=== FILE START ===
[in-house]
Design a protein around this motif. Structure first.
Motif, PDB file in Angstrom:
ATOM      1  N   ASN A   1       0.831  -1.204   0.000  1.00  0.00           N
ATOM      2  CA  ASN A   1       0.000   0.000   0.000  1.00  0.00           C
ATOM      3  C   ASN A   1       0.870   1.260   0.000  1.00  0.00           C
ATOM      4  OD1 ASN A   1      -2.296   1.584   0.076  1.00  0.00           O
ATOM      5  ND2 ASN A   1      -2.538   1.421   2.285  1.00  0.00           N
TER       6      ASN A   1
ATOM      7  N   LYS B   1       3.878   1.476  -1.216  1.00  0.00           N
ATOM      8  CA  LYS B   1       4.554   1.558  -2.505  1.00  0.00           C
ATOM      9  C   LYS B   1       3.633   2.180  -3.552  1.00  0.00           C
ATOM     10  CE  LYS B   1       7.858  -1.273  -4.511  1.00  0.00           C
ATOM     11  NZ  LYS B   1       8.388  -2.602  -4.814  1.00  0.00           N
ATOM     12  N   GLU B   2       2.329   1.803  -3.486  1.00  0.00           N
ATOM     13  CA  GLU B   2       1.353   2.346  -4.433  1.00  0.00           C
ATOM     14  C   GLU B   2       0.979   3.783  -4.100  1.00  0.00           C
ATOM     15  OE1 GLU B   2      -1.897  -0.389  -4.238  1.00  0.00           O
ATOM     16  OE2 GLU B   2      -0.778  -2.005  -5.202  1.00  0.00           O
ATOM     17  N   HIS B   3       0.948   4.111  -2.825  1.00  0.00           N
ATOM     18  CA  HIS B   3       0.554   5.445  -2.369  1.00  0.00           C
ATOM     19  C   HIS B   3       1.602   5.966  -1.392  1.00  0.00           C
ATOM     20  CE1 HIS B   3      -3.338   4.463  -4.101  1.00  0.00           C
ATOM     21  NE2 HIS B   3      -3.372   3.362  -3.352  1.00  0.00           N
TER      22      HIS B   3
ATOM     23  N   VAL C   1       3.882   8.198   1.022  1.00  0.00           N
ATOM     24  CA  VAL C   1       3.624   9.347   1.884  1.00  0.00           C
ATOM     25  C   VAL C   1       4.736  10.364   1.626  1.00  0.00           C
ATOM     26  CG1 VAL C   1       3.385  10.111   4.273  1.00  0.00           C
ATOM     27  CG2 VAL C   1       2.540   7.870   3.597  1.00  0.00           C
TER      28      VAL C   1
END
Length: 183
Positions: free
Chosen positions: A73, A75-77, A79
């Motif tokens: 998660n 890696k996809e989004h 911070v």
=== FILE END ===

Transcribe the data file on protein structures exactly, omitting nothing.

[in-house]
Design a protein around this motif. Structure first.
Motif, PDB file in Angstrom:
ATOM      1  N   ASN A   1       0.831  -1.204   0.000  1.00  0.00           N
ATOM      2  CA  ASN A   1       0.000   0.000   0.000  1.00  0.00           C
ATOM      3  C   ASN A   1       0.870   1.260   0.000  1.00  0.00           C
ATOM      4  OD1 ASN A   1      -2.296   1.584   0.076  1.00  0.00           O
ATOM      5  ND2 ASN A   1      -2.538   1.421   2.285  1.00  0.00           N
TER       6      ASN A   1
ATOM      7  N   LYS B   1       3.878   1.476  -1.216  1.00  0.00           N
ATOM      8  CA  LYS B   1       4.554   1.558  -2.505  1.00  0.00           C
ATOM      9  C   LYS B   1       3.633   2.180  -3.552  1.00  0.00           C
ATOM     10  CE  LYS B   1       7.858  -1.273  -4.511  1.00  0.00           C
ATOM     11  NZ  LYS B   1       8.388  -2.602  -4.814  1.00  0.00           N
ATOM     12  N   GLU B   2       2.329   1.803  -3.486  1.00  0.00           N
ATOM     13  CA  GLU B   2       1.353   2.346  -4.433  1.00  0.00           C
ATOM     14  C   GLU B   2       0.979   3.783  -4.100  1.00  0.00           C
ATOM     15  OE1 GLU B   2      -1.897  -0.389  -4.238  1.00  0.00           O
ATOM     16  OE2 GLU B   2      -0.778  -2.005  -5.202  1.00  0.00           O
ATOM     17  N   HIS B   3       0.948   4.111  -2.825  1.00  0.00           N
ATOM     18  CA  HIS B   3       0.554   5.445  -2.369  1.00  0.00           C
ATOM     19  C   HIS B   3       1.602   5.966  -1.392  1.00  0.00           C
ATOM     20  CE1 HIS B   3      -3.338   4.463  -4.101  1.00  0.00           C
ATOM     21  NE2 HIS B   3      -3.372   3.362  -3.352  1.00  0.00           N
TER      22      HIS B   3
ATOM     23  N   VAL C   1       3.882   8.198   1.022  1.00  0.00           N
ATOM     24  CA  VAL C   1       3.624   9.347   1.884  1.00  0.00           C
ATOM     25  C   VAL C   1       4.736  10.364   1.626  1.00  0.00           C
ATOM     26  CG1 VAL C   1       3.385  10.111   4.273  1.00  0.00           C
ATOM     27  CG2 VAL C   1       2.540   7.870   3.597  1.00  0.00           C
TER      28      VAL C   1
END
Length: 183
Positions: free
Chosen positions: A73, A75-77, A79
């Motif tokens: 998660n 890696k996809e989004h 911070v």